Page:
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Book review: ‘Radioactive!’ shares stories of atomic age innovators

Every day, when adults go to work, they expect to be there for certain hours.

They expect to finish their tasks, to know what they’re doing, and they expect to get paid for their toils. These are things they count on happening, but as in the new book “Radioactive!” by Winifred Conkling, they probably never expect their work to lead to a cataclysmic event.

Perhaps because she was born to a dedicated pair of scientists, Irene Curie was fascinated by the things that happened in a laboratory. Her father, Pierre, and her mother, Marie, were credited for discovering natural radioactivity and boosting the understanding of atomic physics; Irene, an odd and socially-backward child, grew up wanting to be a part of their work. Indeed, she later took her place at her mother’s side, first in the lab and then on the battlefield. At just 17 years old, Irene taught doctors how to use mobile X-ray machines during World War I.

Though others never thought she’d fall in love, Irene met her future husband, Frederic Joliot, at the Radium Institute at the University of Paris. Soon, her passion became his, and the two ultimately “earned a reputation as a powerful research team,” and for their discovery of artificial radiation. In 1935, they shared a Nobel Prize in Chemistry.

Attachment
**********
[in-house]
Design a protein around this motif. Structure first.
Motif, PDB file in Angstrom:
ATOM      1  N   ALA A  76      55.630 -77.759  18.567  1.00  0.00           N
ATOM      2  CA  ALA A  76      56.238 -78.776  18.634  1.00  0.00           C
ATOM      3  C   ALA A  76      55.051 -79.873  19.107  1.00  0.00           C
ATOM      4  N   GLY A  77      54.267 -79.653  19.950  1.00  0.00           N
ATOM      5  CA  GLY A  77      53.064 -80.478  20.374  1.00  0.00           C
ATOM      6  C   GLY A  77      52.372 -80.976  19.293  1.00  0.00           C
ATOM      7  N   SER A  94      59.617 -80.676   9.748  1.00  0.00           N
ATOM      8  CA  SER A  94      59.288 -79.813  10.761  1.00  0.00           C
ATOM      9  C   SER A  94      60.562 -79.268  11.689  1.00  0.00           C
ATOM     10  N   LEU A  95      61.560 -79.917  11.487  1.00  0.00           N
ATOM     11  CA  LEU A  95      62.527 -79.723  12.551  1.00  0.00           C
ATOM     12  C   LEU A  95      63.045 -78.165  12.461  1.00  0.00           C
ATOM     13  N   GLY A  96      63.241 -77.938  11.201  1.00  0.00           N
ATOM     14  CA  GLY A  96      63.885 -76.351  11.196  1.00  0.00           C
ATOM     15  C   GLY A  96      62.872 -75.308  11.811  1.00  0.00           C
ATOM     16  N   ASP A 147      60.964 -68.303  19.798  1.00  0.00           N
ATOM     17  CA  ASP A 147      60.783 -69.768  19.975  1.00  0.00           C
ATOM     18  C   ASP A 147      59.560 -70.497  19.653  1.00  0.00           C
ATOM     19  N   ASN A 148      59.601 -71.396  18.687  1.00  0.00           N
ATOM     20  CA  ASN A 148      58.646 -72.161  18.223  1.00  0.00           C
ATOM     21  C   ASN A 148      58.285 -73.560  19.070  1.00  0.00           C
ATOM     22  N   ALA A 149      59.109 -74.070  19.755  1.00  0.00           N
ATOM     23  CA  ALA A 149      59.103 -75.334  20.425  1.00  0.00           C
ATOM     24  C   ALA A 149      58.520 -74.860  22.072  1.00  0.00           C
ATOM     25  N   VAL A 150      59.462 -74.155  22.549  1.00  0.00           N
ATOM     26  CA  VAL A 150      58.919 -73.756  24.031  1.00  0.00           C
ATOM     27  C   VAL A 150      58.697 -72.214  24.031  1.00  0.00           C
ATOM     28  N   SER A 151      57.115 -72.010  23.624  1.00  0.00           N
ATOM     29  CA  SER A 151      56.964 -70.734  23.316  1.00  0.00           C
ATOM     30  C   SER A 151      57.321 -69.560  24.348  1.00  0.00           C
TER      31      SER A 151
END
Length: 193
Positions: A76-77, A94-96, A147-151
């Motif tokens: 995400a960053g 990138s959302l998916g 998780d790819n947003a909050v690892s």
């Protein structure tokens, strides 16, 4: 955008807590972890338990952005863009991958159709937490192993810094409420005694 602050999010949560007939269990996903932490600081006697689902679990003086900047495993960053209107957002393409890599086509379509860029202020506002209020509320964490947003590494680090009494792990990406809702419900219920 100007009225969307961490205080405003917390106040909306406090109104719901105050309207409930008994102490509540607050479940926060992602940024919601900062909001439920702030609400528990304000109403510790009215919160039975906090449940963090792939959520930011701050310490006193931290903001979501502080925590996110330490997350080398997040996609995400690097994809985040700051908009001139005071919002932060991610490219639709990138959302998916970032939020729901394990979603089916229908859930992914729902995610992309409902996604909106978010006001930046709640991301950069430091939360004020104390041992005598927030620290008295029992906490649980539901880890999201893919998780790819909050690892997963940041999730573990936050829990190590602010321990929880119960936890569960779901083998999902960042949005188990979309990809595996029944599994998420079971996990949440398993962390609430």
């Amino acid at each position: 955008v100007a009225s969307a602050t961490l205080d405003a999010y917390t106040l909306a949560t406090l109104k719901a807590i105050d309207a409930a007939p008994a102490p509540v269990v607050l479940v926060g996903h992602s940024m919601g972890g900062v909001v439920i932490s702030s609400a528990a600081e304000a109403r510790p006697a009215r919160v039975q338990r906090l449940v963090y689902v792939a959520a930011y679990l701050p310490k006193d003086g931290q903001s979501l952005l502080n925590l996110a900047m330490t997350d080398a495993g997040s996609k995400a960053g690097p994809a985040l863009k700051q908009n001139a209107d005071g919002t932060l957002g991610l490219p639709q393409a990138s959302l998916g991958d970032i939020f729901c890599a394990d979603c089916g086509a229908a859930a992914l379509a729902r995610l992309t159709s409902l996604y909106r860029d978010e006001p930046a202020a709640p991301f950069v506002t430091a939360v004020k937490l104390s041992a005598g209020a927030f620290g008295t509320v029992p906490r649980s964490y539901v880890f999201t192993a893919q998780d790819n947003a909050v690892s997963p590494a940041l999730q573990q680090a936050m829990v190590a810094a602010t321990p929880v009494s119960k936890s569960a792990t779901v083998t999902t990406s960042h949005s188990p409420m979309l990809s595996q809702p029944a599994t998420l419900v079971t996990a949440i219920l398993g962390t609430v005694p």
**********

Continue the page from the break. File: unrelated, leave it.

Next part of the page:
Their rival, Lise Meitner, didn’t have the same opportunities.

Because she came of age at the turn of the century in Vienna, Lise had to practically beg for schooling. Once educated, she had a hard time finding work as a physicist. Even after she landed a job, she had to relinquish it to flee the Nazis at the beginning of World War II. Working secretly through letters to an old colleague stuck in Germany, Lise eventually figured out something that had the Joliot-Curies baffled.

Albert Einstein — once he heard of the work the Joliot-Curies and Meitner were doing — “grasped the gravity of the situation.” He understood that their discoveries in radioactivity and nuclear fission could be “used to create an atomic bomb.” He knew that President Franklin Roosevelt would want to know it, too, and that the U.S. didn’t have time to waste…

As an adult who is not a physicist, I struggled mightily with some of what’s inside “Radioactive!” There’s a heap of heavy-duty science here, and Conkling does an admirable job in trying to keep it all teen-friendly, but there’s still quite a bit to chew if you’re in the target audience of 12- to 14-year-old readers.

And yet, I liked what I read. Conkling offers science, but the stories of heroics and determination that drove Curie and Meitner are what make this book truly enjoyable. These women, both immersed in a male-dominated world, simply would not be deterred from their passions, which is beyond admirable; what Meitner endured is absolutely astonishing.

While any kid can try tackling this book, I think those who are keenly science-minded will get the most out of it. For them, “Radioactive!” will be inspiring, action-packed, and you can expect they’ll like it.

— View publishes Terri Schlichenmeyer’s reviews of books for children and teens weekly.

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